Why hello…. haven’t been here in a while. I know what you are thinking; must be nice, right? To remove yourself at a whim from the discomfort which arises as a result of difficult learning (and unlearning). Must be relieving to effortlessly ditch the “weight on your chest inhibiting your ability to breathe” feeling that accompanies growth alongside emotional vulnerability….
I often find myself thinking about the choice and commitment to this work that my privilege affords me – I can choose to walk away when it gets hard; step back when I start to feel uncomfortable. I simply did just that; I shared this blog with the world, proud of the growth I had witnessed within myself and my students. Then, just like a tired novel, I shut the door on this experience and moved onward with my life without looking back (or even considering looking back, for that matter). My PRIVILEGE – one which many cannot exercise. Too many individuals live a narrative that presents insurmountable challenges every second, minute, hour – the reality that eats away at your spirit and makes you feel vulnerable.The reality that surrounds you, drowns you, in countless forms of systemic oppression and racism – yeah, the reality that you cannot merely “shut off”.
I recently spent some time alongside family; I was given an incredibly thoughtful gift during this time. A novel, written entirely in poetry; an awe-inspiring work by a Cree author. My family member bought me this book and engaged in a conversation with the author, sharing with him how much she admires my passion and work alongside reconciliation. My work. What work? In this instance I felt like a fake; here I was, basking in the glory of being a good white person, doing the right thing. However, how authentic is that really – what had I done in the past few months to show my passion, love, and support? What “work” had I really done besides talk about all of things I have done in the past to learn and unlearn. This is problematic…
Upon receiving my gift (which really was a blessing in disguise), I immediately dove right into the content. Inside the front cover resides a message from the author; he signed his name ‘in friendship‘ – I was immediately brought to tears. I worked my way through the book, page by page unpacking the knowledge and wisdom woven throughout the words. It was not until this night that I think I truly began to understand the power behind voice and perspective – it hit me like a powerful blow to the gut, I was speechless.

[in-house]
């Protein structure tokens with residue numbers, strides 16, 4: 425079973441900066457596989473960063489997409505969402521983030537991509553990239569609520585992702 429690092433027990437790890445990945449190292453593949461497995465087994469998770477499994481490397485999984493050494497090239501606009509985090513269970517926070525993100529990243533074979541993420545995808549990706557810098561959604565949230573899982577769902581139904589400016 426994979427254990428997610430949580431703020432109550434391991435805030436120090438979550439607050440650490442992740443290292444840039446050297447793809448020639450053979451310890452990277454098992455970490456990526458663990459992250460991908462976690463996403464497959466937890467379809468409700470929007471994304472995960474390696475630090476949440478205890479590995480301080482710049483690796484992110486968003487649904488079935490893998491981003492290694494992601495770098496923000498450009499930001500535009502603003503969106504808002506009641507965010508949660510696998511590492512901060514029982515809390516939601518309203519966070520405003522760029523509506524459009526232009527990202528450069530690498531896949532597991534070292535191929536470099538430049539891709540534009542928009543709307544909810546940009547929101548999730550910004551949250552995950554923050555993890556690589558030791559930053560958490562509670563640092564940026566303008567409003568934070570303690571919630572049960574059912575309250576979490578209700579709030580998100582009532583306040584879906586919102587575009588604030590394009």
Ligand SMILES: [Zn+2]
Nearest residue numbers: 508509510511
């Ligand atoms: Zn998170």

“Can you tell me the name of the steep and rugged mountain you say you climbed and conquered? Was it False Face Mountain? That mountain born from deceit; one that exists only in the mind and that distorts life as ruse bending truth to suit a lie. I know of these things in my wisdom gained, from knowing what is real and what is not. Do you remember when you first laid foot on False Face Mountain? Yes you do! It was long ago while you were young and foolish. Before False Face Mountain rose to the sky where dark clouds roam, making you a foolish mountaineer. Grand it was in your hollow mind; you lived like a man who conquers any obstacle, real or imagined, thinking that no one noticed how hard you tried to hide from the world that sustains life to climb False Face Mountain.” (My Silent Drum, Ovide Mercredi, December 17, 2014)
Can we really consider ourselves to be doing meaningful work when we are continuously living a life that reinforces our own power and privilege (whether we are consciously aware of it or not)? Looking back on the course of my journey over the past year, I would consider myself to be a mountaineer on False Face Mountain; Yes, I did immerse myself in discomfort. Yes, I did experience insurmountable growth in the process. Yes, I did effortlessly abandon the work while continuing to bask in the glory of praise and appreciation as a result of said work. Interesting….
Today I can say one thing for certain, I am committed (committed? that is a fairly translucent term…) to moving forward; part of the process of moving forward is acknowledging where you have been – including the good, the bad and the ugly. These past few months have been the ugly. If I am going to consider myself as a witness alongside a journey that honours and includes reconciliation, I must make an authentic commitment to this work. This involves living and breathing the discomfort that ensues, not mindlessly checking out when the going gets tough (a tourist on False Face Mountain…). To me, Ovide’s book is like a silent drum, ‘that only the listener can hear, understand and hopefully relate to’. Ovide: I heard you; I understand you; I relate to you. Finally, I thank you for helping me to turn a critical lens inward and re-evaluate my intentions alongside this work. See, the thing about power and privilege in regards to choice is that it allows us to ‘start over’ (sometimes continuously). Starting over…. a nice concept. This time, as I begin to descend down and away from False Face Mountain.